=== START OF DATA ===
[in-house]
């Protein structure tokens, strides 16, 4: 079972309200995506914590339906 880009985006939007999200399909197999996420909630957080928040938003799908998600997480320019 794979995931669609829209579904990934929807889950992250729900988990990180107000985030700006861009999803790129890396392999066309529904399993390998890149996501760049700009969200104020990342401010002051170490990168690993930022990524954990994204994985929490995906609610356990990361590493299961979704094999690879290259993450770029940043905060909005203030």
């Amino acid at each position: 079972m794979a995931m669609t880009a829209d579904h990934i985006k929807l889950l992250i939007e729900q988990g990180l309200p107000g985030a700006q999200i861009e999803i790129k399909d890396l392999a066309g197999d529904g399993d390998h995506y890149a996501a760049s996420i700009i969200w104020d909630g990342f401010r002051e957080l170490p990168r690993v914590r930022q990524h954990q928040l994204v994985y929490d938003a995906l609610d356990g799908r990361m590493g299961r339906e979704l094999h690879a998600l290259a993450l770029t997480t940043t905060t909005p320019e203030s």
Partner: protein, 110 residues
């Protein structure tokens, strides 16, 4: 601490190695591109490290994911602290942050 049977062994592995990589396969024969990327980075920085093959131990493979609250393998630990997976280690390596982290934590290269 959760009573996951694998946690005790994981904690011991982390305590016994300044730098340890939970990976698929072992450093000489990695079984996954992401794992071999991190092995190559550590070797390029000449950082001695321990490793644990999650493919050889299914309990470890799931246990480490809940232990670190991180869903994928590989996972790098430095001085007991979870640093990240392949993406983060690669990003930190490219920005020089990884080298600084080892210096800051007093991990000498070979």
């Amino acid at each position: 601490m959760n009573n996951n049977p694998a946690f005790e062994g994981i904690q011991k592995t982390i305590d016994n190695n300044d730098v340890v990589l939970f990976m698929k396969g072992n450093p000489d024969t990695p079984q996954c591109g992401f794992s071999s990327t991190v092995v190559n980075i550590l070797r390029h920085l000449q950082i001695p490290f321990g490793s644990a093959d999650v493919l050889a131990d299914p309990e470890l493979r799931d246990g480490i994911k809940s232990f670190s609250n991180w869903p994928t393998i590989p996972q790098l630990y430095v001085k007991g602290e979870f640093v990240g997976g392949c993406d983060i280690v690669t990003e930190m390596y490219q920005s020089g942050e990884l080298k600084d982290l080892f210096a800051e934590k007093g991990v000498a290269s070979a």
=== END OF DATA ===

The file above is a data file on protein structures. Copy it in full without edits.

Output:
[in-house]
């Protein structure tokens, strides 16, 4: 079972309200995506914590339906 880009985006939007999200399909197999996420909630957080928040938003799908998600997480320019 794979995931669609829209579904990934929807889950992250729900988990990180107000985030700006861009999803790129890396392999066309529904399993390998890149996501760049700009969200104020990342401010002051170490990168690993930022990524954990994204994985929490995906609610356990990361590493299961979704094999690879290259993450770029940043905060909005203030």
């Amino acid at each position: 079972m794979a995931m669609t880009a829209d579904h990934i985006k929807l889950l992250i939007e729900q988990g990180l309200p107000g985030a700006q999200i861009e999803i790129k399909d890396l392999a066309g197999d529904g399993d390998h995506y890149a996501a760049s996420i700009i969200w104020d909630g990342f401010r002051e957080l170490p990168r690993v914590r930022q990524h954990q928040l994204v994985y929490d938003a995906l609610d356990g799908r990361m590493g299961r339906e979704l094999h690879a998600l290259a993450l770029t997480t940043t905060t909005p320019e203030s």
Partner: protein, 110 residues
């Protein structure tokens, strides 16, 4: 601490190695591109490290994911602290942050 049977062994592995990589396969024969990327980075920085093959131990493979609250393998630990997976280690390596982290934590290269 959760009573996951694998946690005790994981904690011991982390305590016994300044730098340890939970990976698929072992450093000489990695079984996954992401794992071999991190092995190559550590070797390029000449950082001695321990490793644990999650493919050889299914309990470890799931246990480490809940232990670190991180869903994928590989996972790098430095001085007991979870640093990240392949993406983060690669990003930190490219920005020089990884080298600084080892210096800051007093991990000498070979």
């Amino acid at each position: 601490m959760n009573n996951n049977p694998a946690f005790e062994g994981i904690q011991k592995t982390i305590d016994n190695n300044d730098v340890v990589l939970f990976m698929k396969g072992n450093p000489d024969t990695p079984q996954c591109g992401f794992s071999s990327t991190v092995v190559n980075i550590l070797r390029h920085l000449q950082i001695p490290f321990g490793s644990a093959d999650v493919l050889a131990d299914p309990e470890l493979r799931d246990g480490i994911k809940s232990f670190s609250n991180w869903p994928t393998i590989p996972q790098l630990y430095v001085k007991g602290e979870f640093v990240g997976g392949c993406d983060i280690v690669t990003e930190m390596y490219q920005s020089g942050e990884l080298k600084d982290l080892f210096a800051e934590k007093g991990v000498a290269s070979a």